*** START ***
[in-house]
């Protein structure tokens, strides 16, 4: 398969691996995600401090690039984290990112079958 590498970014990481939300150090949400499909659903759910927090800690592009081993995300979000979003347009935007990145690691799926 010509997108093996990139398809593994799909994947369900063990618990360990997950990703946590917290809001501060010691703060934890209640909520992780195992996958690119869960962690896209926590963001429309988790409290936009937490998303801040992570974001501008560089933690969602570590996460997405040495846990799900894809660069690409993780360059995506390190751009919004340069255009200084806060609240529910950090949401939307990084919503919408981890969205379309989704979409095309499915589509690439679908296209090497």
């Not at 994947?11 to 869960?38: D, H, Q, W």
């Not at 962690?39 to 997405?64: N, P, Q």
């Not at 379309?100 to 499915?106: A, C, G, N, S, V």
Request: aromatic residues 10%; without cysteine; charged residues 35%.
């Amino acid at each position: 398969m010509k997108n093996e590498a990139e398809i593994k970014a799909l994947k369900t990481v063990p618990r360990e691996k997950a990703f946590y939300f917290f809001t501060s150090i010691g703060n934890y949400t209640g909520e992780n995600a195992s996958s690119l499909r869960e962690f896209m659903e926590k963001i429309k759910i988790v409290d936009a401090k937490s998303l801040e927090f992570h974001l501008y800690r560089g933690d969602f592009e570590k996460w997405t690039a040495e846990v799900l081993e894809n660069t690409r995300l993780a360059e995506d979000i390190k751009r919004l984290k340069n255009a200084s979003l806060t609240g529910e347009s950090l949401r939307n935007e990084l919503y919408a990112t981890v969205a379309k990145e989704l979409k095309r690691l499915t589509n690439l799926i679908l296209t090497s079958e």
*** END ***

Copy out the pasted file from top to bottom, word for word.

[in-house]
């Protein structure tokens, strides 16, 4: 398969691996995600401090690039984290990112079958 590498970014990481939300150090949400499909659903759910927090800690592009081993995300979000979003347009935007990145690691799926 010509997108093996990139398809593994799909994947369900063990618990360990997950990703946590917290809001501060010691703060934890209640909520992780195992996958690119869960962690896209926590963001429309988790409290936009937490998303801040992570974001501008560089933690969602570590996460997405040495846990799900894809660069690409993780360059995506390190751009919004340069255009200084806060609240529910950090949401939307990084919503919408981890969205379309989704979409095309499915589509690439679908296209090497």
């Not at 994947?11 to 869960?38: D, H, Q, W």
């Not at 962690?39 to 997405?64: N, P, Q």
């Not at 379309?100 to 499915?106: A, C, G, N, S, V």
Request: aromatic residues 10%; without cysteine; charged residues 35%.
């Amino acid at each position: 398969m010509k997108n093996e590498a990139e398809i593994k970014a799909l994947k369900t990481v063990p618990r360990e691996k997950a990703f946590y939300f917290f809001t501060s150090i010691g703060n934890y949400t209640g909520e992780n995600a195992s996958s690119l499909r869960e962690f896209m659903e926590k963001i429309k759910i988790v409290d936009a401090k937490s998303l801040e927090f992570h974001l501008y800690r560089g933690d969602f592009e570590k996460w997405t690039a040495e846990v799900l081993e894809n660069t690409r995300l993780a360059e995506d979000i390190k751009r919004l984290k340069n255009a200084s979003l806060t609240g529910e347009s950090l949401r939307n935007e990084l919503y919408a990112t981890v969205a379309k990145e989704l979409k095309r690691l499915t589509n690439l799926i679908l296209t090497s079958e």